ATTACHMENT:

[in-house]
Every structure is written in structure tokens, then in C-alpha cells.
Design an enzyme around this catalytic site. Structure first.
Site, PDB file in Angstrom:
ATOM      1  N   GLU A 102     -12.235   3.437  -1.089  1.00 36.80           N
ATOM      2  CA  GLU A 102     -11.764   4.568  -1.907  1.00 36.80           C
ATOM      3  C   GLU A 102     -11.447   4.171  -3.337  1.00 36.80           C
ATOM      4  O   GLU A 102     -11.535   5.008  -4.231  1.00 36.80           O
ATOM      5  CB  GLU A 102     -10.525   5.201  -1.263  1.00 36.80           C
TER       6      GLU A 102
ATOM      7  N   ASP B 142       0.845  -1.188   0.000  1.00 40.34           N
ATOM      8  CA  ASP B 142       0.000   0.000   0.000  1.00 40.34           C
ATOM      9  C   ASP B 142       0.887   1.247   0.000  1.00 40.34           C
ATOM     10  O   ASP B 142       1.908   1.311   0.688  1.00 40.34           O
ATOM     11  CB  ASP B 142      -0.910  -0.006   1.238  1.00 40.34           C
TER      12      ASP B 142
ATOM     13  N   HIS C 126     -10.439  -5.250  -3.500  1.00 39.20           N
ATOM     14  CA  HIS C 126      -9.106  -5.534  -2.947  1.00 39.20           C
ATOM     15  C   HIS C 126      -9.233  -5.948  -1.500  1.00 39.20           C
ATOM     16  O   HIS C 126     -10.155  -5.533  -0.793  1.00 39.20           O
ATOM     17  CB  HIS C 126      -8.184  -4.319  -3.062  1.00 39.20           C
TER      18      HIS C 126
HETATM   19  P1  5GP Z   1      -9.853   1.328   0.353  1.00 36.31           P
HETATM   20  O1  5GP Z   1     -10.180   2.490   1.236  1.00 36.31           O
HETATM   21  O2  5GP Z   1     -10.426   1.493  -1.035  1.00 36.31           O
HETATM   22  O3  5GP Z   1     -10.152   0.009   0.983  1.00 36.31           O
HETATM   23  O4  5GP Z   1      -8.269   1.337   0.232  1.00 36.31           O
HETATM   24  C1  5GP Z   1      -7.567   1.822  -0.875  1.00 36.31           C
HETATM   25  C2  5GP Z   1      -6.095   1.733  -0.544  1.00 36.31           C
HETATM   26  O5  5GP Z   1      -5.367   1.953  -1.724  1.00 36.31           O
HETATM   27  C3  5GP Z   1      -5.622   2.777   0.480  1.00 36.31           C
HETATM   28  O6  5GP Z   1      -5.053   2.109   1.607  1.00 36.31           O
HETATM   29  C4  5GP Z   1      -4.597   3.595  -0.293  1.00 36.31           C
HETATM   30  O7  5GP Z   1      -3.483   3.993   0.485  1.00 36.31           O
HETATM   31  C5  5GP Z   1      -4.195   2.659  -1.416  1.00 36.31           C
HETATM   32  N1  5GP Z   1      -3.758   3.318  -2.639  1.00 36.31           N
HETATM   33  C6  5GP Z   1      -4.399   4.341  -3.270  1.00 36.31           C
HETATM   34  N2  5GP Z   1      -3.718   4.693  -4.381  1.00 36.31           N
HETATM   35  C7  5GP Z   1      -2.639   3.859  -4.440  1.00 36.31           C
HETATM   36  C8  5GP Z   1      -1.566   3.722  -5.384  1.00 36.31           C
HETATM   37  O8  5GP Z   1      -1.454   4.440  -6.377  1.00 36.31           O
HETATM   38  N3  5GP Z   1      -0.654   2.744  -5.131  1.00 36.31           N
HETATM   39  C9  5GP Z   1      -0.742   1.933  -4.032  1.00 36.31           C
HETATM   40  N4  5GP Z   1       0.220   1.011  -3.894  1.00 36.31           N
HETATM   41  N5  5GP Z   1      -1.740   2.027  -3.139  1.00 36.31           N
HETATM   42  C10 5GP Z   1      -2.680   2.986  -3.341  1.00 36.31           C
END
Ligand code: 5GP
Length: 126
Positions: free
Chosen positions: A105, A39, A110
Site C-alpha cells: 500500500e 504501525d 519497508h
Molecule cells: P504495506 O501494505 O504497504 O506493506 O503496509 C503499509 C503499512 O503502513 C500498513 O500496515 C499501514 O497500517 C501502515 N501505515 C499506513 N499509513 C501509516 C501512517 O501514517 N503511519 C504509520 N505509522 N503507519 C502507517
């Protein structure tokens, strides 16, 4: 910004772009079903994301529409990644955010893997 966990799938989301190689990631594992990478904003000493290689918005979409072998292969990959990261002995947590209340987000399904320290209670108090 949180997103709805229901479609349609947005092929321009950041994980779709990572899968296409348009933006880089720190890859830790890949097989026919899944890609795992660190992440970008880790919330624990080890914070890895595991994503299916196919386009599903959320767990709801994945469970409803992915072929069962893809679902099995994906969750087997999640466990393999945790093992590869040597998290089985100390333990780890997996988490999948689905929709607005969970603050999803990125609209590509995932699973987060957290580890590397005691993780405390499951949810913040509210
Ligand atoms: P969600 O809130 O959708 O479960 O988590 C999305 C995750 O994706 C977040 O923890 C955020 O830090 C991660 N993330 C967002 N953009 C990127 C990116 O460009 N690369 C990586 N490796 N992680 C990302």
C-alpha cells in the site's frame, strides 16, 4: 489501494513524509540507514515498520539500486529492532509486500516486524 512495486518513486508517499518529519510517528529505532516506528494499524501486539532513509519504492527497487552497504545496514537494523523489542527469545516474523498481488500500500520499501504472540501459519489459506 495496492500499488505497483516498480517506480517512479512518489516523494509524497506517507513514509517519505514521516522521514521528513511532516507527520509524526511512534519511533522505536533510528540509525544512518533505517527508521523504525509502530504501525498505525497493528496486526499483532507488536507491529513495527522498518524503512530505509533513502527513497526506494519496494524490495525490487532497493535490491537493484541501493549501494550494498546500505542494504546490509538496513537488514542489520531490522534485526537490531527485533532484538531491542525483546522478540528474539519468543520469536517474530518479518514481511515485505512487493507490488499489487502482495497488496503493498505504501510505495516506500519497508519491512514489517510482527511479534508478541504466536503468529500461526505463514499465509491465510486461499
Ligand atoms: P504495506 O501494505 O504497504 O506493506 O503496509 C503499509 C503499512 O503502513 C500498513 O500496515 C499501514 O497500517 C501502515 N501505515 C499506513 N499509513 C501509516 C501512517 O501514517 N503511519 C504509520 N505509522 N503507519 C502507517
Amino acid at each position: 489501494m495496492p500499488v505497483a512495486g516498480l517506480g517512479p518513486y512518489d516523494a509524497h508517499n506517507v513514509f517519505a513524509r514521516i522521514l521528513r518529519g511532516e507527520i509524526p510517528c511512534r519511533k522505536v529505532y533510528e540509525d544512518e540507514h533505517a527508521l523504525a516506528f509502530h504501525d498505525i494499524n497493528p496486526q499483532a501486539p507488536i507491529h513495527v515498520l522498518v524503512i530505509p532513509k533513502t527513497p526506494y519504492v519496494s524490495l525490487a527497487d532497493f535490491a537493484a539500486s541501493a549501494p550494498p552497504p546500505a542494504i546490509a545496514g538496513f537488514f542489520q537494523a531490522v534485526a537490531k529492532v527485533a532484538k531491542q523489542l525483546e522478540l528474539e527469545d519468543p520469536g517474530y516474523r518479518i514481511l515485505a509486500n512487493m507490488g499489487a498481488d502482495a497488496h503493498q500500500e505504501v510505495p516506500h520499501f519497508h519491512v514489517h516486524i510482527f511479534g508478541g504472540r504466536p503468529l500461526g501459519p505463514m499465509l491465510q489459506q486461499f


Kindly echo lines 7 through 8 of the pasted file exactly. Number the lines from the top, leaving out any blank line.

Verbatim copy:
ATOM      3  C   GLU A 102     -11.447   4.171  -3.337  1.00 36.80           C
ATOM      4  O   GLU A 102     -11.535   5.008  -4.231  1.00 36.80           O